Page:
• The BBA extended through calendar year 1999 two provisions that would have otherwise expired at the end of fiscal year 1998: the 10 percent reduction in payments for hospital outpatient capital, and the 5.8 percent reduction for outpatient services paid on a cost basis. The BBRA extends these reductions beyond 1999, until such time as the outpatient prospective payment system is implemented. (Again, it is currently anticipated that a PPS will be implemented July 1, 2000.)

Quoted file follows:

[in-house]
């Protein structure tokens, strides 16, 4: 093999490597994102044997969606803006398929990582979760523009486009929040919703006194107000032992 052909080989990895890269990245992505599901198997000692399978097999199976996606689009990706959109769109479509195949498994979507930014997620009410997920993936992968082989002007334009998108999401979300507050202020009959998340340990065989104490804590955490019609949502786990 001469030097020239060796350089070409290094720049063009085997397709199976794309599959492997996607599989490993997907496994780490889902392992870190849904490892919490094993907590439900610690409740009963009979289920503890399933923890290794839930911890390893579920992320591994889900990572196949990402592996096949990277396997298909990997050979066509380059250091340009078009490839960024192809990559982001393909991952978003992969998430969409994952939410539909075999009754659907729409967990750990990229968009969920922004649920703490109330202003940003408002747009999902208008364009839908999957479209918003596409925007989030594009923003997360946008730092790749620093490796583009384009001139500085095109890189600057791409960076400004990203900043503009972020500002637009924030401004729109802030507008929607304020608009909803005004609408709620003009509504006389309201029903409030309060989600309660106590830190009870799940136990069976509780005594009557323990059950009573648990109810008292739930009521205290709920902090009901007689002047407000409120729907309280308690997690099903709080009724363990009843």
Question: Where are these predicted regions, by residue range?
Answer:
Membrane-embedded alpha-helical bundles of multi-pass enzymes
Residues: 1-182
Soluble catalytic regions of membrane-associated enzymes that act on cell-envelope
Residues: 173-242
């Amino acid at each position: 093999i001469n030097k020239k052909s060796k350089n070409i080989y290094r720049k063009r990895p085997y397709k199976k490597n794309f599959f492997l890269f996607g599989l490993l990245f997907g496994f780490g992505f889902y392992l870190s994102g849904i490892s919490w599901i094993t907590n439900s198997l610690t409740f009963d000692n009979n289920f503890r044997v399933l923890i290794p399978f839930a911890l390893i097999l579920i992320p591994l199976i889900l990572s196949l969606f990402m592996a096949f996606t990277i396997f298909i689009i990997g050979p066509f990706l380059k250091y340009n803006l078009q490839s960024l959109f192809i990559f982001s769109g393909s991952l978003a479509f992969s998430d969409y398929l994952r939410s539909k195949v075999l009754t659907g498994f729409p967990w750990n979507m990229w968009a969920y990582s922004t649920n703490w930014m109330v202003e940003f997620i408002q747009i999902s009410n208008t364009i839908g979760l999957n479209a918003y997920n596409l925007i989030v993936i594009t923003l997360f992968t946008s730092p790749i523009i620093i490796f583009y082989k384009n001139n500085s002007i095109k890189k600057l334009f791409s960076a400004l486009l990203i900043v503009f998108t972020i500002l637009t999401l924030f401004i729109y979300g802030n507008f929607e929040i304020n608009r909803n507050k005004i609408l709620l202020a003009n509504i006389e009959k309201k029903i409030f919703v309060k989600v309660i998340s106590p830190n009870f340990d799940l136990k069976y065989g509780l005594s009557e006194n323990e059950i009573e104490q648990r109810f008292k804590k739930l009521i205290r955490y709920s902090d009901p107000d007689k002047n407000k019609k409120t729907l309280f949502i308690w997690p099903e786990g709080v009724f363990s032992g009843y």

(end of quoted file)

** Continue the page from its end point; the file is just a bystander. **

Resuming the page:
• The BBA allowed the Secretary to establish adjustments to the outpatient PPS, when implemented, in a budget-neutral manner, as deemed necessary to ensure equitable payments. The BBRA specifically establishes "transitional corridors" until January 1, 2004, for the PPS to limit losses in payment experienced by individual hospitals under the PPS. A formula is established so that hospitals receive additional payments for outpatient services rendered if the amount they receive under the PPS in relation to their costs is less than their 1996 payment-to-cost ratio. (The 1996 ratio is calculated as if the formula-driven overpayment, which was eliminated by the BBA effective October 1, 1997, had been eliminated in 1996.) These transitional payments are to have no effect on beneficiary copayments and are not subject to the budget neutrality constraint. The BBRA then specifies how to determine the transitional payments.